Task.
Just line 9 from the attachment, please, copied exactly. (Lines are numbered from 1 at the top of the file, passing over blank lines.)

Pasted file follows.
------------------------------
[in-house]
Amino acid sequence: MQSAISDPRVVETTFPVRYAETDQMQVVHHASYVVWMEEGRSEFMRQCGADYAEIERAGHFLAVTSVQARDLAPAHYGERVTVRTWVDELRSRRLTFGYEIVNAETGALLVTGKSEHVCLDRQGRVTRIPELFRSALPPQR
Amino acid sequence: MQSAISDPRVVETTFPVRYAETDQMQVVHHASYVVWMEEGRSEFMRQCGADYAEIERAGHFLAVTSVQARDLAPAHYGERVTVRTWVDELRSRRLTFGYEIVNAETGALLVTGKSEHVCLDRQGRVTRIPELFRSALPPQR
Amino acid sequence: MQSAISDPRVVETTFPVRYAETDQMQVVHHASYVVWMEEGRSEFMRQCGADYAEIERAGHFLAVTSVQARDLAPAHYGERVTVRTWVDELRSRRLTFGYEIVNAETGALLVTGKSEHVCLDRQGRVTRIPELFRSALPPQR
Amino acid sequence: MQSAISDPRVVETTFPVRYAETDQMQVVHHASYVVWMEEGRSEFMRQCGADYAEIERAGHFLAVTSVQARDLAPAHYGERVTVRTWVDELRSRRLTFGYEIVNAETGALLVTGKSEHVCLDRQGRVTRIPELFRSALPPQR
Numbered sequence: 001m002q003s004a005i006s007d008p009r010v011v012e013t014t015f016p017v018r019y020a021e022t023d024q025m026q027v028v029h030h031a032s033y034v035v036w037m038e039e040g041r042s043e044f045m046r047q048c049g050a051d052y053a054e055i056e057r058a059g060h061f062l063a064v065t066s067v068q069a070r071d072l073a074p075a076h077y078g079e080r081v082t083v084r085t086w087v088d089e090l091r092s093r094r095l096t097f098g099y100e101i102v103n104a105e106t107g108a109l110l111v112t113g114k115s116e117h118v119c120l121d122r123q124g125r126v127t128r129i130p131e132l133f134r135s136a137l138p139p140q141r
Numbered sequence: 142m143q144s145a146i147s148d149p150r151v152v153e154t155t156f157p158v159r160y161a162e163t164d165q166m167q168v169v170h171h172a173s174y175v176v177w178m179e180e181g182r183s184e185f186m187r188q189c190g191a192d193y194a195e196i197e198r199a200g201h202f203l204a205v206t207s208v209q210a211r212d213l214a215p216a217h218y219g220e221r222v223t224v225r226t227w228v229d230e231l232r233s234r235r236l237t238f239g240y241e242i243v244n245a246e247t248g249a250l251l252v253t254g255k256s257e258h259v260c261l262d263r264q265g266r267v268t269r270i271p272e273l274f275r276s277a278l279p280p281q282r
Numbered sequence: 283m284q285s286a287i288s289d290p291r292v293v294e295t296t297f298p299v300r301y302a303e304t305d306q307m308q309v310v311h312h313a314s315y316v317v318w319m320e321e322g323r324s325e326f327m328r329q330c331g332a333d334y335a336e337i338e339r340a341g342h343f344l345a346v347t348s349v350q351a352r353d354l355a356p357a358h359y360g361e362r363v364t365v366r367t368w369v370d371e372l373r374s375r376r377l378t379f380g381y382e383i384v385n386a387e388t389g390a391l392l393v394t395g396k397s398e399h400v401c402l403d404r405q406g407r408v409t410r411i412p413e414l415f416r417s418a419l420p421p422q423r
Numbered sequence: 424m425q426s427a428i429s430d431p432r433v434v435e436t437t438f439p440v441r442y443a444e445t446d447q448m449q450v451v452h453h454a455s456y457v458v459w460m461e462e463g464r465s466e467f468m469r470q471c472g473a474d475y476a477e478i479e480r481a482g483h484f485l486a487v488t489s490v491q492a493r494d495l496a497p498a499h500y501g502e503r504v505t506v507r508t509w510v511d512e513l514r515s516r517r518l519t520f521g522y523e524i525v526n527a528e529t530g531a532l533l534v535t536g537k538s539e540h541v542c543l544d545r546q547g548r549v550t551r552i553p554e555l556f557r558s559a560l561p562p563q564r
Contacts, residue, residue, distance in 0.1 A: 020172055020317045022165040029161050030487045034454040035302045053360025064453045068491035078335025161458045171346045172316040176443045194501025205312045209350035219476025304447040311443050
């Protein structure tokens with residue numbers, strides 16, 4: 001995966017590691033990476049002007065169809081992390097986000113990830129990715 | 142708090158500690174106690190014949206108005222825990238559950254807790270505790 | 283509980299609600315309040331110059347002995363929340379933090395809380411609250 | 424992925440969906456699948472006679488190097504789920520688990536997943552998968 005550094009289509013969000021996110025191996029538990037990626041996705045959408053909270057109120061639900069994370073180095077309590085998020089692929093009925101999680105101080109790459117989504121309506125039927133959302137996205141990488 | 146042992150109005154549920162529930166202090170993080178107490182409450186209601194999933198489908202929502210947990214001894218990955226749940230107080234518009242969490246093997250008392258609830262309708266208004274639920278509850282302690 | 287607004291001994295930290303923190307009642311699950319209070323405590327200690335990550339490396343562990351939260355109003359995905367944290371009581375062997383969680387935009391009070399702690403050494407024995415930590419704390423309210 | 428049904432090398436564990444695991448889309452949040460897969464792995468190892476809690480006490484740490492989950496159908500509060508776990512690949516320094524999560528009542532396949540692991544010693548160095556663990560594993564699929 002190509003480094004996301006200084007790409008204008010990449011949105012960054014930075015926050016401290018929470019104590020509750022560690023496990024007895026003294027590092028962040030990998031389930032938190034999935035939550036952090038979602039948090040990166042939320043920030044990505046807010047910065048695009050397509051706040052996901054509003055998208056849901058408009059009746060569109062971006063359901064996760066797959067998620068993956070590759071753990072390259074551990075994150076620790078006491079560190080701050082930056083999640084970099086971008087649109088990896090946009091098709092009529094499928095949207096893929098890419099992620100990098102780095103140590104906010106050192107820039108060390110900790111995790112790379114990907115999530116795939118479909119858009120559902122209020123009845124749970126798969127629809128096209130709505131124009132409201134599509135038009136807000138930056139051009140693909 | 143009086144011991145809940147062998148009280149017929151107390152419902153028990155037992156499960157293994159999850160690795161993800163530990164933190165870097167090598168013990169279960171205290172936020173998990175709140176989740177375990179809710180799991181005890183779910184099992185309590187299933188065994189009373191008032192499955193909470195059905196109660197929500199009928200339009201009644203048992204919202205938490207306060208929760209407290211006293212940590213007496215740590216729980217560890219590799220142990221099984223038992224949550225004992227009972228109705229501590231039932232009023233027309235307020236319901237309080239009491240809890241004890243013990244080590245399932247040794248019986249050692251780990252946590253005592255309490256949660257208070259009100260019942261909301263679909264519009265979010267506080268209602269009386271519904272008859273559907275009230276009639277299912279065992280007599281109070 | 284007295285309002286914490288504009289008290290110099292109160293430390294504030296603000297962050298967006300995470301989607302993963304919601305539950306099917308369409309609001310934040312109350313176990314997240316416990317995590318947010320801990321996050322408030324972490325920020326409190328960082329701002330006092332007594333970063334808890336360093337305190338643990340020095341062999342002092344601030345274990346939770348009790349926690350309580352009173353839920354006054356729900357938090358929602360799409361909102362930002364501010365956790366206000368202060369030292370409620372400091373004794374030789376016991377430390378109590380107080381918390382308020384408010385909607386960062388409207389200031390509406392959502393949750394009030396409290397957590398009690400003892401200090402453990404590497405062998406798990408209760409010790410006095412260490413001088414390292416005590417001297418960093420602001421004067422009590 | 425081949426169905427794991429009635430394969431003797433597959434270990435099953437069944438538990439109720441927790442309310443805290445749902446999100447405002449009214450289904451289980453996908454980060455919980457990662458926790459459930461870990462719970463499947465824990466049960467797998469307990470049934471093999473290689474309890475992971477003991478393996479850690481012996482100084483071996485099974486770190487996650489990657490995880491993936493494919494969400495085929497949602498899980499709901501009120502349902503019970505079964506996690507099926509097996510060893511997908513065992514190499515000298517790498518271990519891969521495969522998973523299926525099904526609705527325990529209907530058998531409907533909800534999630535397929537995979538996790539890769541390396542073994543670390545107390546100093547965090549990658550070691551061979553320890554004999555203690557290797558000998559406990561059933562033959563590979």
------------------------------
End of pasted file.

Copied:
Numbered sequence: 424m425q426s427a428i429s430d431p432r433v434v435e436t437t438f439p440v441r442y443a444e445t446d447q448m449q450v451v452h453h454a455s456y457v458v459w460m461e462e463g464r465s466e467f468m469r470q471c472g473a474d475y476a477e478i479e480r481a482g483h484f485l486a487v488t489s490v491q492a493r494d495l496a497p498a499h500y501g502e503r504v505t506v507r508t509w510v511d512e513l514r515s516r517r518l519t520f521g522y523e524i525v526n527a528e529t530g531a532l533l534v535t536g537k538s539e540h541v542c543l544d545r546q547g548r549v550t551r552i553p554e555l556f557r558s559a560l561p562p563q564r